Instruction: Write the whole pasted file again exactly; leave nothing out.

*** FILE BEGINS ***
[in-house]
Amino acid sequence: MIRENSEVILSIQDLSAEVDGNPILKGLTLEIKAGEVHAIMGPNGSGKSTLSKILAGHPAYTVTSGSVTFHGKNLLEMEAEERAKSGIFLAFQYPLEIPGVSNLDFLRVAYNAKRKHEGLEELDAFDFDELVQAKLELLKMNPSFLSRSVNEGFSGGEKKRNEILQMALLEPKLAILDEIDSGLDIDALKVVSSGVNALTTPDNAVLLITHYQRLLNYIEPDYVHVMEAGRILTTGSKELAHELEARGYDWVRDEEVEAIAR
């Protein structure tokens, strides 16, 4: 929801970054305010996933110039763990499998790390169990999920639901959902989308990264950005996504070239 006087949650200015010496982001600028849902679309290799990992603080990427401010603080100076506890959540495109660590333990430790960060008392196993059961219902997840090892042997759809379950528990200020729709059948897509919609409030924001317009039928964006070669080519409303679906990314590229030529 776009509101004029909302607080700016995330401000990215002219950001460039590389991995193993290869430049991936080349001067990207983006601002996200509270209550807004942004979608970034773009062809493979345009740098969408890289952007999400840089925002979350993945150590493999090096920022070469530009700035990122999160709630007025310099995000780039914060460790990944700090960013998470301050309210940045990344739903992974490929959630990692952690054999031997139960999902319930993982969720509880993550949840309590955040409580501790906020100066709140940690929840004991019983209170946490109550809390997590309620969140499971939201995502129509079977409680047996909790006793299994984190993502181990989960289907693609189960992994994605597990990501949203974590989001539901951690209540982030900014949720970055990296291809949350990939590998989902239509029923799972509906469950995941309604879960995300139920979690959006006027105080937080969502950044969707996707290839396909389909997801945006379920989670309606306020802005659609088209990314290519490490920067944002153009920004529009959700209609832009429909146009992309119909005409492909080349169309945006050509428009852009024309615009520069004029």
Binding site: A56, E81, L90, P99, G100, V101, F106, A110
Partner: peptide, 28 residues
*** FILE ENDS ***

[in-house]
Amino acid sequence: MIRENSEVILSIQDLSAEVDGNPILKGLTLEIKAGEVHAIMGPNGSGKSTLSKILAGHPAYTVTSGSVTFHGKNLLEMEAEERAKSGIFLAFQYPLEIPGVSNLDFLRVAYNAKRKHEGLEELDAFDFDELVQAKLELLKMNPSFLSRSVNEGFSGGEKKRNEILQMALLEPKLAILDEIDSGLDIDALKVVSSGVNALTTPDNAVLLITHYQRLLNYIEPDYVHVMEAGRILTTGSKELAHELEARGYDWVRDEEVEAIAR
């Protein structure tokens, strides 16, 4: 929801970054305010996933110039763990499998790390169990999920639901959902989308990264950005996504070239 006087949650200015010496982001600028849902679309290799990992603080990427401010603080100076506890959540495109660590333990430790960060008392196993059961219902997840090892042997759809379950528990200020729709059948897509919609409030924001317009039928964006070669080519409303679906990314590229030529 776009509101004029909302607080700016995330401000990215002219950001460039590389991995193993290869430049991936080349001067990207983006601002996200509270209550807004942004979608970034773009062809493979345009740098969408890289952007999400840089925002979350993945150590493999090096920022070469530009700035990122999160709630007025310099995000780039914060460790990944700090960013998470301050309210940045990344739903992974490929959630990692952690054999031997139960999902319930993982969720509880993550949840309590955040409580501790906020100066709140940690929840004991019983209170946490109550809390997590309620969140499971939201995502129509079977409680047996909790006793299994984190993502181990989960289907693609189960992994994605597990990501949203974590989001539901951690209540982030900014949720970055990296291809949350990939590998989902239509029923799972509906469950995941309604879960995300139920979690959006006027105080937080969502950044969707996707290839396909389909997801945006379920989670309606306020802005659609088209990314290519490490920067944002153009920004529009959700209609832009429909146009992309119909005409492909080349169309945006050509428009852009024309615009520069004029």
Binding site: A56, E81, L90, P99, G100, V101, F106, A110
Partner: peptide, 28 residues